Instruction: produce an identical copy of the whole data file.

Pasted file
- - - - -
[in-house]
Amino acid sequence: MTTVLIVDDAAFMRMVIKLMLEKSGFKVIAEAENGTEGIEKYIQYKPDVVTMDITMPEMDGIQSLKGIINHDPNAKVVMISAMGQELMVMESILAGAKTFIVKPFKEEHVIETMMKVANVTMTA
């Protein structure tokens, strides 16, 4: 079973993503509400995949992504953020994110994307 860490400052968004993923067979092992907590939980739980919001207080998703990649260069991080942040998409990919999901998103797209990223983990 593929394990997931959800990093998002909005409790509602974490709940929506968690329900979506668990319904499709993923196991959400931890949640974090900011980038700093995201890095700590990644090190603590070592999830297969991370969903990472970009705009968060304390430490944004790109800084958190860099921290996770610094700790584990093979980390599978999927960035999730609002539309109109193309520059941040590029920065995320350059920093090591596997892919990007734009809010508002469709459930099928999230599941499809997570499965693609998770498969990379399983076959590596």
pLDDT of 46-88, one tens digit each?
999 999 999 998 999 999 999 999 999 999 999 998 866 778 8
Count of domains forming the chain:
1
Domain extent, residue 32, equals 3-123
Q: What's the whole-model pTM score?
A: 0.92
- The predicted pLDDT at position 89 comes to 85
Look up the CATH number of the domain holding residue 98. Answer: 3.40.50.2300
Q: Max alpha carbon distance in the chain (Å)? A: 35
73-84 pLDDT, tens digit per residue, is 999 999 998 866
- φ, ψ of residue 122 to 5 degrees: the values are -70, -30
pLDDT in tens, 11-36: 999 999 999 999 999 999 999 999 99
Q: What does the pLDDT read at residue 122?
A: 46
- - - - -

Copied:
[in-house]
Amino acid sequence: MTTVLIVDDAAFMRMVIKLMLEKSGFKVIAEAENGTEGIEKYIQYKPDVVTMDITMPEMDGIQSLKGIINHDPNAKVVMISAMGQELMVMESILAGAKTFIVKPFKEEHVIETMMKVANVTMTA
């Protein structure tokens, strides 16, 4: 079973993503509400995949992504953020994110994307 860490400052968004993923067979092992907590939980739980919001207080998703990649260069991080942040998409990919999901998103797209990223983990 593929394990997931959800990093998002909005409790509602974490709940929506968690329900979506668990319904499709993923196991959400931890949640974090900011980038700093995201890095700590990644090190603590070592999830297969991370969903990472970009705009968060304390430490944004790109800084958190860099921290996770610094700790584990093979980390599978999927960035999730609002539309109109193309520059941040590029920065995320350059920093090591596997892919990007734009809010508002469709459930099928999230599941499809997570499965693609998770498969990379399983076959590596």
pLDDT of 46-88, one tens digit each?
999 999 999 998 999 999 999 999 999 999 999 998 866 778 8
Count of domains forming the chain:
1
Domain extent, residue 32, equals 3-123
Q: What's the whole-model pTM score?
A: 0.92
- The predicted pLDDT at position 89 comes to 85
Look up the CATH number of the domain holding residue 98. Answer: 3.40.50.2300
Q: Max alpha carbon distance in the chain (Å)? A: 35
73-84 pLDDT, tens digit per residue, is 999 999 998 866
- φ, ψ of residue 122 to 5 degrees: the values are -70, -30
pLDDT in tens, 11-36: 999 999 999 999 999 999 999 999 99
Q: What does the pLDDT read at residue 122?
A: 46